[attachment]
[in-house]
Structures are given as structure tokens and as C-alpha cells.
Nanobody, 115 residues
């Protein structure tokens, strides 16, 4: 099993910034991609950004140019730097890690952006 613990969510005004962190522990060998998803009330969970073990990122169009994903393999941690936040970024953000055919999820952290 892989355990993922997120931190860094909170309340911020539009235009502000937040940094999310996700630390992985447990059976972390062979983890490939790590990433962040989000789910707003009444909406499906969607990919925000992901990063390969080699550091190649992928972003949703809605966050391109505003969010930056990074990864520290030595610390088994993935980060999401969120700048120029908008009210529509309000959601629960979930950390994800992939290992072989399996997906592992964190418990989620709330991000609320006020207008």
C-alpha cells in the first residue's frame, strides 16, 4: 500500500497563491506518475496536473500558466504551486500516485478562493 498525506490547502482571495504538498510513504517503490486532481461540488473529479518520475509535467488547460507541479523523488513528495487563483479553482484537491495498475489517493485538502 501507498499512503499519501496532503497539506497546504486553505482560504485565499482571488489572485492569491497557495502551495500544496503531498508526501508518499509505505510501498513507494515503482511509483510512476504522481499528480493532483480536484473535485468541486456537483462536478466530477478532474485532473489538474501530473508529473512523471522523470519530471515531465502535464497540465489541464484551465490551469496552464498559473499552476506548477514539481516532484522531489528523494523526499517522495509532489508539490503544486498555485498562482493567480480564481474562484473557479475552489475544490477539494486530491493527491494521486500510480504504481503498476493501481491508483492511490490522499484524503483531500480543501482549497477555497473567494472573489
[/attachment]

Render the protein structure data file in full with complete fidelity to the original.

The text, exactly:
[in-house]
Structures are given as structure tokens and as C-alpha cells.
Nanobody, 115 residues
């Protein structure tokens, strides 16, 4: 099993910034991609950004140019730097890690952006 613990969510005004962190522990060998998803009330969970073990990122169009994903393999941690936040970024953000055919999820952290 892989355990993922997120931190860094909170309340911020539009235009502000937040940094999310996700630390992985447990059976972390062979983890490939790590990433962040989000789910707003009444909406499906969607990919925000992901990063390969080699550091190649992928972003949703809605966050391109505003969010930056990074990864520290030595610390088994993935980060999401969120700048120029908008009210529509309000959601629960979930950390994800992939290992072989399996997906592992964190418990989620709330991000609320006020207008």
C-alpha cells in the first residue's frame, strides 16, 4: 500500500497563491506518475496536473500558466504551486500516485478562493 498525506490547502482571495504538498510513504517503490486532481461540488473529479518520475509535467488547460507541479523523488513528495487563483479553482484537491495498475489517493485538502 501507498499512503499519501496532503497539506497546504486553505482560504485565499482571488489572485492569491497557495502551495500544496503531498508526501508518499509505505510501498513507494515503482511509483510512476504522481499528480493532483480536484473535485468541486456537483462536478466530477478532474485532473489538474501530473508529473512523471522523470519530471515531465502535464497540465489541464484551465490551469496552464498559473499552476506548477514539481516532484522531489528523494523526499517522495509532489508539490503544486498555485498562482493567480480564481474562484473557479475552489475544490477539494486530491493527491494521486500510480504504481503498476493501481491508483492511490490522499484524503483531500480543501482549497477555497473567494472573489